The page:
Follow-up op-ed by Patrick Meier, iRevolution Blog, February 18, 2012
In my [Patrick Meier’s] previous blog post on the use of drones for human rights, I also advocated for the use of drones to support nonviolent civil resistance efforts. Obviously, like the use of any technology in such contexts, doing so presents both new opportunities and obvious dangers. In this blog post, I consider the use of DIY drones in the context of civil resistance, both vis-a-vis theory and practice. While I’ve read the civil resistance literature rather widely for my dissertation, I decided to get input from two of the world’s leading experts on the topic. …
For full text of this article, visit The Use of Drones for Nonviolent Civil Resistance | iRevolution.
Op-ed by Andrew Stobo Sniderman and Mark Hainis, NYT, January 30, 2012
DRONES are not just for firing missiles in Pakistan. In Iraq, the State Department is using them to watch for threats to Americans. It’s time we used the revolution in military affairs to serve human rights advocacy. With drones, we could take clear pictures and videos of human rights abuses, and we could start with Syria. The need there is even more urgent now, because the Arab League’s observers suspended operations last week. …
For full text of the op-ed, visit Drones for Human Rights – NYTimes.com.
As cited in the blog Ogle Earth on April 19, 2009:
By Theodore May
First Published: April 6, 2009
CAIRO: Egypt announced this week that it would allow the use of Global Positioning System (GPS) devices, ending a ban that had meant that certain mobile phones could not be sold in the country. The National Telecommunications Regulatory Authority (NTRA) lifted the ban, meaning that now only two countries on earth, Syria and North Korea, still forbid the use of GPS. In addition to allowing Egyptians greater access to GPS technologies and the products (phones and cars) that provide them, the ruling is expected to spur business in the telecom and auto sectors. Egyptian traders will now be permitted to import cars and mobile phones that have the technology, and manufacturers in the country will be allowed to make and export those products too.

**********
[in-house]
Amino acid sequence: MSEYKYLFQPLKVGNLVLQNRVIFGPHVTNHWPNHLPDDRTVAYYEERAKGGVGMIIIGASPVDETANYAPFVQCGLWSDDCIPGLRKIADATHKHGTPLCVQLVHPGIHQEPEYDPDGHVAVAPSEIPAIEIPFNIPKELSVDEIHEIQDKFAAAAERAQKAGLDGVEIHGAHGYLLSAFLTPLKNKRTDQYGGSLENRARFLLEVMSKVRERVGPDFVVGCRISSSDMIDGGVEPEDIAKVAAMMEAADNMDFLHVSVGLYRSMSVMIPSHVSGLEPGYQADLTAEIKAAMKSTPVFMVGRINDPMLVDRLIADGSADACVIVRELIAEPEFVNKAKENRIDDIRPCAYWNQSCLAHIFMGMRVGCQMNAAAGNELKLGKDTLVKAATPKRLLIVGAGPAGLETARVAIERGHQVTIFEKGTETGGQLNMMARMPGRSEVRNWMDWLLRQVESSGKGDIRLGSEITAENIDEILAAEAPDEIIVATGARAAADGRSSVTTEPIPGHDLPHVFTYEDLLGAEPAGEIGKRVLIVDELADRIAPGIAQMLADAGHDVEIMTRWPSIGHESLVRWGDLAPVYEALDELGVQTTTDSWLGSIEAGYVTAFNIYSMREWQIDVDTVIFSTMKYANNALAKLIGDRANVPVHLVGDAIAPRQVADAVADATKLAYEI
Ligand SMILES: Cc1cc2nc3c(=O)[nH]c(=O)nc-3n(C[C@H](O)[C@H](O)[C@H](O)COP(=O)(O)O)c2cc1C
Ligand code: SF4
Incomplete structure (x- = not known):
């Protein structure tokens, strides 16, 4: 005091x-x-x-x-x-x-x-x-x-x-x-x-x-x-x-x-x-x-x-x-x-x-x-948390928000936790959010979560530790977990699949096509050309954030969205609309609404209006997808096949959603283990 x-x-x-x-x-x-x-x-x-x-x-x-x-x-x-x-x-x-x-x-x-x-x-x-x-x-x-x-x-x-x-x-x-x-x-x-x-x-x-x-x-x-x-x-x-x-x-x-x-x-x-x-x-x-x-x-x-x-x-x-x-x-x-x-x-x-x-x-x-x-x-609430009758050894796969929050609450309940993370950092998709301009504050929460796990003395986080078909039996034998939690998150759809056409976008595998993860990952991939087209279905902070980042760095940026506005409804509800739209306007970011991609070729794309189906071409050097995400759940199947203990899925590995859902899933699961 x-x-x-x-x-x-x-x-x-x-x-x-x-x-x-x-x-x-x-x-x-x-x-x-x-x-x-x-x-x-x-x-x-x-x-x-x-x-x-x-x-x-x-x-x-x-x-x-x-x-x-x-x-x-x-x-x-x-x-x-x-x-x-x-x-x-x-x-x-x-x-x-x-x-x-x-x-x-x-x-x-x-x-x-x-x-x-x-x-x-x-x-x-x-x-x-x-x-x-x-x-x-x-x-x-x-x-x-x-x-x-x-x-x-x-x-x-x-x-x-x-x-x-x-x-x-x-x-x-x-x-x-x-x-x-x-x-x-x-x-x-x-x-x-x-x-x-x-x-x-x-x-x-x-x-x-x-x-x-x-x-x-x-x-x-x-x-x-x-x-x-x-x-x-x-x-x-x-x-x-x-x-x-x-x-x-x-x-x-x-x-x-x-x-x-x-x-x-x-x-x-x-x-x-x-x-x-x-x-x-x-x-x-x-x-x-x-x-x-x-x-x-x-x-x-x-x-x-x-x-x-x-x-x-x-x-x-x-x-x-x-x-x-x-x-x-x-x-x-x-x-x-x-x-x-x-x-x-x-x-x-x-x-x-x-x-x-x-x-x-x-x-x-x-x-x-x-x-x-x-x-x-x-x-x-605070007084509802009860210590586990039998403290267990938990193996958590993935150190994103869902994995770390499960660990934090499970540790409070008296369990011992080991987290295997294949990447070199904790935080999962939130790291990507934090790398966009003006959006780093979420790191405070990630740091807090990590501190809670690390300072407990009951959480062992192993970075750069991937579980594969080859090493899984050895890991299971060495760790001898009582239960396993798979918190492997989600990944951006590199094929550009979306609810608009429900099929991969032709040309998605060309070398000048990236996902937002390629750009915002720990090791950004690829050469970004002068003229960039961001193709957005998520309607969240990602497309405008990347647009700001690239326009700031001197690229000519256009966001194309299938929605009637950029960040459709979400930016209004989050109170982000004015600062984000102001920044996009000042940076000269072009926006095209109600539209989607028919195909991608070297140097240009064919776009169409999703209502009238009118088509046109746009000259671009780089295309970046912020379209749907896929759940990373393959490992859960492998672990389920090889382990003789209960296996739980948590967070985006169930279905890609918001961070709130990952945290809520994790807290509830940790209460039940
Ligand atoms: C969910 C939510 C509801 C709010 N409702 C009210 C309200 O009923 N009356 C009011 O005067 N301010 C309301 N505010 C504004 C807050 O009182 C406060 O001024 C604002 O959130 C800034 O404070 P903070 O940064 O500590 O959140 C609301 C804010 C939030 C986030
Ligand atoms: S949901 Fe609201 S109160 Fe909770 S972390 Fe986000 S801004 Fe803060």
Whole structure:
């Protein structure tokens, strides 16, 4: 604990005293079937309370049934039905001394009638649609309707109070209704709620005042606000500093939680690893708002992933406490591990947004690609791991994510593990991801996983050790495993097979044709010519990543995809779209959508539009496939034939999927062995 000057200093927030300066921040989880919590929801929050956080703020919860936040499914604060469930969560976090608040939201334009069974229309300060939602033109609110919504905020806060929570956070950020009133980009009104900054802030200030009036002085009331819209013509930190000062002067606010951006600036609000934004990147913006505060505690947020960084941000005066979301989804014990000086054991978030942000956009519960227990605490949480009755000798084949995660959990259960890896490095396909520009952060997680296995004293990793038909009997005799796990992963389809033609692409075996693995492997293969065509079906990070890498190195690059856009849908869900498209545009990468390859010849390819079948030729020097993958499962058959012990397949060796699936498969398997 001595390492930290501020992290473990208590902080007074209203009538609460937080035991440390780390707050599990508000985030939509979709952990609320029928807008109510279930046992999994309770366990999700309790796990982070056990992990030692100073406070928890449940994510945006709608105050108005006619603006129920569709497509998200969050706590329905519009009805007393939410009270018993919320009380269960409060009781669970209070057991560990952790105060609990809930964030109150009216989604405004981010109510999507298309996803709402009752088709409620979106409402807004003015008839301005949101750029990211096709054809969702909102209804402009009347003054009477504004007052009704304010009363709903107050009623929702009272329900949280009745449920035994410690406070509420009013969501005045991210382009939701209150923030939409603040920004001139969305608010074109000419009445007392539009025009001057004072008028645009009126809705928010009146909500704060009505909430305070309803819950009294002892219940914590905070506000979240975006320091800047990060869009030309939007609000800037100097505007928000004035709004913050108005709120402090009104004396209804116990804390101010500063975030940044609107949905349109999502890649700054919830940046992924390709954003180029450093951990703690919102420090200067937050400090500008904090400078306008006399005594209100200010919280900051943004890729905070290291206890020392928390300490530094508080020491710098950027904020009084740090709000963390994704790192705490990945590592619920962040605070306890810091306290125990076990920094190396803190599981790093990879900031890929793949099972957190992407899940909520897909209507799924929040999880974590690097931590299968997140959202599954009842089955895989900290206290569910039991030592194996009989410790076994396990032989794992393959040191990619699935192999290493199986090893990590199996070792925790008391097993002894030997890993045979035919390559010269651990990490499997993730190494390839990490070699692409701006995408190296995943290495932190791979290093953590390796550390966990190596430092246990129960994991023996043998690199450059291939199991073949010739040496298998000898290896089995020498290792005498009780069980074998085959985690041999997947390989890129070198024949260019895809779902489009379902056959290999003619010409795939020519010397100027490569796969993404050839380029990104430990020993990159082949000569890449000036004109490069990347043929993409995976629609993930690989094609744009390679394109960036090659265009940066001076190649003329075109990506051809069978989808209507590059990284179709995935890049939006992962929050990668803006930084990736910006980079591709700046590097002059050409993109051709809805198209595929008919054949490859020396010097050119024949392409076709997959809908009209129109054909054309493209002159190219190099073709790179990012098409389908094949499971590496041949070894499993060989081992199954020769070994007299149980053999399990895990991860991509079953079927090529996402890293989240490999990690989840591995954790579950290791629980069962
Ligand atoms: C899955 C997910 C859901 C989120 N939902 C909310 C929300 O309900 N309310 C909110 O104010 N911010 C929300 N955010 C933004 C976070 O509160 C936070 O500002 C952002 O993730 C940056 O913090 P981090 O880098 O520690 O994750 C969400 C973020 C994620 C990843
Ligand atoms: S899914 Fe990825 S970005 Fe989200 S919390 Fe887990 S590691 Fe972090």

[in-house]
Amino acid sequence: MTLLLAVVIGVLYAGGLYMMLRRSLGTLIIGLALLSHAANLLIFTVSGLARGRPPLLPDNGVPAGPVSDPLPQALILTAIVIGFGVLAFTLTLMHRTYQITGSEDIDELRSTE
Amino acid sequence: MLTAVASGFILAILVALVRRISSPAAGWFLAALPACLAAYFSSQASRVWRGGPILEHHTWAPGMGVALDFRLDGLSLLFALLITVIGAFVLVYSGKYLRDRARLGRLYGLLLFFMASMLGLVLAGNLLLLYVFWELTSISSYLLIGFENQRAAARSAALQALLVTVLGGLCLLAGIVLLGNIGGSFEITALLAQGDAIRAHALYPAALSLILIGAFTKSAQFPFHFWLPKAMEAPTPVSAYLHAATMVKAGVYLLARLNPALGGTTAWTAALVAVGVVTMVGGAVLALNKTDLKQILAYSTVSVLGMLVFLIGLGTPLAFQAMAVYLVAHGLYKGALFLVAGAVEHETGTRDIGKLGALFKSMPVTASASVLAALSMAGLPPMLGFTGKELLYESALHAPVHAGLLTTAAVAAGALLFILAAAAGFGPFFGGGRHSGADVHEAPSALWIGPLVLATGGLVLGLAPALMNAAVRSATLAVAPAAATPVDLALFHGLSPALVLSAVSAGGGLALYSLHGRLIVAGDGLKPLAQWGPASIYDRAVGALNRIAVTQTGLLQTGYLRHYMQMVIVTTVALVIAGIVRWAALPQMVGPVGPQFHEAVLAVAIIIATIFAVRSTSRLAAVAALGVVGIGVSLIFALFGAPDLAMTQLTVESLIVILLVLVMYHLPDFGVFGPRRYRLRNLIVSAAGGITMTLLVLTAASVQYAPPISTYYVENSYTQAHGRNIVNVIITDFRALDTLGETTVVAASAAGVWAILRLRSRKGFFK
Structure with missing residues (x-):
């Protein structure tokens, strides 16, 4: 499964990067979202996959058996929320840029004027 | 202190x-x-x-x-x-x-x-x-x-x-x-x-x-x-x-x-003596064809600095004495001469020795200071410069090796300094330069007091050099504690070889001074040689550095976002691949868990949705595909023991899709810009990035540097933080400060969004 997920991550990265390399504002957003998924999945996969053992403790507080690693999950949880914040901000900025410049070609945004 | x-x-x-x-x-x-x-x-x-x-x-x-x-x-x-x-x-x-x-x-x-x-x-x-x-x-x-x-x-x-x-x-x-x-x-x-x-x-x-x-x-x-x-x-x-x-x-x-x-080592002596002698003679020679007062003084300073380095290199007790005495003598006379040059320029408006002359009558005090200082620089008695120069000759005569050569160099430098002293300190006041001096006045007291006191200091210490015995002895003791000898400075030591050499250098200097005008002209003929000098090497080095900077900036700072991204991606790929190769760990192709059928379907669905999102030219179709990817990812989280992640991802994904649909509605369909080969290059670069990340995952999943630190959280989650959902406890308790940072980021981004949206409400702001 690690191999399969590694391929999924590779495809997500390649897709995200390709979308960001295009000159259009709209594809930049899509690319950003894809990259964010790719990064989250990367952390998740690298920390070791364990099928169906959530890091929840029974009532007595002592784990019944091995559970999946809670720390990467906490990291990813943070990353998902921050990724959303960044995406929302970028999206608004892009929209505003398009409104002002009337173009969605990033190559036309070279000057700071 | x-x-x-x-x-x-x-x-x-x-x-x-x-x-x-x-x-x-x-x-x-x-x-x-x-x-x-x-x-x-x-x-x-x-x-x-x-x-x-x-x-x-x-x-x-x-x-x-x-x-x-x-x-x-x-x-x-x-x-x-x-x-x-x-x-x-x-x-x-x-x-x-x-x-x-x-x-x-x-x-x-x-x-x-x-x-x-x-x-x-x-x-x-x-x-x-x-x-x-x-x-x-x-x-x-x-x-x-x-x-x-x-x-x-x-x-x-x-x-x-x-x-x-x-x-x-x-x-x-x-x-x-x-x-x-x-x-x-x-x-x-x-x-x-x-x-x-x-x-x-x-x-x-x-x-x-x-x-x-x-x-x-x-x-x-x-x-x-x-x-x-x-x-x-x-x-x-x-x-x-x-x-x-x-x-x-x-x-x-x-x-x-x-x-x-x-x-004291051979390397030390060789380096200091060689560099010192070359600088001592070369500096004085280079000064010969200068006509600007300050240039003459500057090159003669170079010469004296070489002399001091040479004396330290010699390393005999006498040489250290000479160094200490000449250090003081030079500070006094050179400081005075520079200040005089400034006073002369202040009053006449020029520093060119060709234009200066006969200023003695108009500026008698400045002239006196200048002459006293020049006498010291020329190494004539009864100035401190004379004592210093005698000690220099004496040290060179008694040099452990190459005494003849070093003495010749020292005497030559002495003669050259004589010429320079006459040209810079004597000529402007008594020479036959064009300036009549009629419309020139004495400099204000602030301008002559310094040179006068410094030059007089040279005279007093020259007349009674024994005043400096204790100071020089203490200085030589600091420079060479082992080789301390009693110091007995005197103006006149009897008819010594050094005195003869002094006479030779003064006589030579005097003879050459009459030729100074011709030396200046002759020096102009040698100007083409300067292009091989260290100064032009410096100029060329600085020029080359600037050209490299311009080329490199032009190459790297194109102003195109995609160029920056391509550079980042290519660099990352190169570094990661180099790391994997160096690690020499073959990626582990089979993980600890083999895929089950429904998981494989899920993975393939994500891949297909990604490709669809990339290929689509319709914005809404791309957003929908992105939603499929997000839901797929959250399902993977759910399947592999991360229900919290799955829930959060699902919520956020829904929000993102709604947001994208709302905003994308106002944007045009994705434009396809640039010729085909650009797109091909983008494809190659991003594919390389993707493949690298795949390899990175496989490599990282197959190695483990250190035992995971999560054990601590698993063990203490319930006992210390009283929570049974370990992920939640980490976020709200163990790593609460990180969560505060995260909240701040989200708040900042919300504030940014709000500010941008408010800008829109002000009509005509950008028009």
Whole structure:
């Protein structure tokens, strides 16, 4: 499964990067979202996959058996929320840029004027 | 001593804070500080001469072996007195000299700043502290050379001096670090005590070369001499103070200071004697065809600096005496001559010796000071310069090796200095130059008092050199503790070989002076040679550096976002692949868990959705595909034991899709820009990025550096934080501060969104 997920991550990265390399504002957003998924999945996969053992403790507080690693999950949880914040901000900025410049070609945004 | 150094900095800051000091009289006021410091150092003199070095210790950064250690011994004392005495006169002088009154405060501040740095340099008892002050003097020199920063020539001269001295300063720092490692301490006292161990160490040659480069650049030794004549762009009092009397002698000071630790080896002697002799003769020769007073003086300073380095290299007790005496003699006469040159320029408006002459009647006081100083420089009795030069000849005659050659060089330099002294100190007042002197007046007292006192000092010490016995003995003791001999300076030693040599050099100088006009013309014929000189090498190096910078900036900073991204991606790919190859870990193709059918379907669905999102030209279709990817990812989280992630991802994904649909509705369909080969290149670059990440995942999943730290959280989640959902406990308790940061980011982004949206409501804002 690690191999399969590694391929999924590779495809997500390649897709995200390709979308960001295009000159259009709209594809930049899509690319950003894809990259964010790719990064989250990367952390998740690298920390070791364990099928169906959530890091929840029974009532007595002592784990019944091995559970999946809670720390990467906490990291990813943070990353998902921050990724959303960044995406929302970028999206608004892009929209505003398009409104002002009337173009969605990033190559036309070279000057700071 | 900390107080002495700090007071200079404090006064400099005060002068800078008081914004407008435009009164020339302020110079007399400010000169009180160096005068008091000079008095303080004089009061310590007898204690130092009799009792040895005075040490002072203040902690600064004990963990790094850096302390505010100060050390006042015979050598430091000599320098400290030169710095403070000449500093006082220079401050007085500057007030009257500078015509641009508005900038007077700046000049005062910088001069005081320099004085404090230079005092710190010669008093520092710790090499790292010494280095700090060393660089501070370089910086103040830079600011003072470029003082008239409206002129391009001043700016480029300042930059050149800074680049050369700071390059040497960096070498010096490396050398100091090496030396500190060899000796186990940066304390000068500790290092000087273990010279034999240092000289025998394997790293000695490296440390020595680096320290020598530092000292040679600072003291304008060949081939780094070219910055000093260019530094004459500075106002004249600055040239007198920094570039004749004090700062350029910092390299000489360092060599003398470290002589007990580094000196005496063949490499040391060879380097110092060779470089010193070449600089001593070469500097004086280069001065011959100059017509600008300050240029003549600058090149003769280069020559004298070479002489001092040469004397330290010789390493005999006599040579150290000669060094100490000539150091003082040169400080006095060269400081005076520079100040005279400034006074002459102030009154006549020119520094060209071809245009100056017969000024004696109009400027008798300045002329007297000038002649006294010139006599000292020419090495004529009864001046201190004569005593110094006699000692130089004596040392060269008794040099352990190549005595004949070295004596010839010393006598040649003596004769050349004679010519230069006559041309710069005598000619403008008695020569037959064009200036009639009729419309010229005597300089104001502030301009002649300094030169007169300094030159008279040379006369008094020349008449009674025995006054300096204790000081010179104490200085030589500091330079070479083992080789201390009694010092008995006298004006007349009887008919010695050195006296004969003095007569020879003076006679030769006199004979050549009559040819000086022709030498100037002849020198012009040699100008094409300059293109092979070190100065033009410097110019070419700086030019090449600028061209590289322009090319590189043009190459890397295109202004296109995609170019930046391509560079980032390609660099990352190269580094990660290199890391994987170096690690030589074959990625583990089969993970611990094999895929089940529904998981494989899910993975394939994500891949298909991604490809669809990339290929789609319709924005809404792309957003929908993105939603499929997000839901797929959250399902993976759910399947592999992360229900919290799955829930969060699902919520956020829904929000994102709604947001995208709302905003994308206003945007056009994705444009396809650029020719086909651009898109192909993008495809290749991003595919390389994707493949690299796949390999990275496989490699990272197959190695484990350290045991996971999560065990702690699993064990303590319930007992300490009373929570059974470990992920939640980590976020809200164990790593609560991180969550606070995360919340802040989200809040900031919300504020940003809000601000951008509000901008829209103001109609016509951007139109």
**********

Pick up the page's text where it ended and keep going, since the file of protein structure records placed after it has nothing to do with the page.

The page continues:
The NTRA, however, will continue to monitor and control manufacturing of the devices. Phones and computers with GPS may only be exported “provided that NTRA authorizes the type of machines based on its criteria and procedures,” the NTRA said in a statement on its website Saturday.
Despite lifting the ban on GPS, the NTRA said that the use of a similar technology, Automatic Vehicle Location (AVL) systems, will only be permitted with its expressed consent. NTRA officials had told Daily News Egypt late last year that the ban on GPS devices was in place as a result of security concerns. Whether those security concerns were overcome or whether the NTRA was simply adapting to the times remains unclear. Egyptians have long used technologies like Google Earth to skirt the ban. In addition, GPS technologies had long bled into Egypt through the black market.
The NTRA’s ruling may have been part of an effort to bring the use of GPS into the legal fold so that it might control the use of the technology. There were reports throughout last year that leading mobile phone provider Nokia had been in pitched negotiations with the Egyptian government to allow GPS, which it provides on roughly 40 percent of its phones, but the government wouldn’t budge.
For full text of the story, visit: http://www.thedailynewsegypt.com/article.aspx?ArticleID=20865
from the FAS Project on Government Secrecy
Volume 2008, Issue No. 109
November 10, 2008
Secrecy News Blog: http://www.fas.org/blog/secrecy/
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COMMERCIAL SATELLITE IMAGERY SHEDS LIGHT HERE AND THERE
As the quality and availability of commercial satellite imagery continue to improve, the technology is adding a new dimension to public understanding of world events, while both enhancing and challenging national and global security.
“Last month, the most powerful commercial satellite in history sent its first pictures back to Earth, and another with similar capabilities is set for launch in mid-2009,” wrote Peter Eisler in USA Today last week. “The imagery provided by those and other commercial satellites has transformed global security in fundamental ways, forcing even the most powerful nations to hide facilities and activities that are visible not only to rival nations, but even to their own citizens.” See “Google Earth helps yet worries government,” November 7.
Iraqi insurgents, among other non-state actors, have also taken advantage of the new capabilities offered by satellite imagery. A 2006 dispatch prepared by the DNI Open Source Center (first reported by USA Today) documented “the use of Google Earth for tactical planning of rocket attacks against U.S. military targets in Iraq.” See “Iraqi Insurgency Group Utilizes Google Earth for Attack Planning,” July 19, 2006.
A newly disclosed GeoEye commercial satellite image of the site of a suspected Syrian nuclear facility at Al Kibar that was taken on November 23, 2007, some two months after it was bombed by Israel on September 6, 2007, shows rather rapid reconstruction of the destroyed facility.
“I’d say it confirms that the Syrians were in a really big hurry to get the site covered up,” said Allen Thomson, a former CIA analyst who has studied the case. “The previously available DigitalGlobe picture of 24 October 2007 showed only a mound of dirt. By a month later (the GeoEye pic), what appears to be a thick slab (you can see that it casts a shadow) was in place. And January 11 imagery shows the new building up and the roof in place.”
The new image was released last week courtesy of GeoEye / Space Imaging Middle East. It appears on page 1170 of an extensive open source compilation (large pdf) on the Israeli Strike in Syria prepared by Mr. Thomson.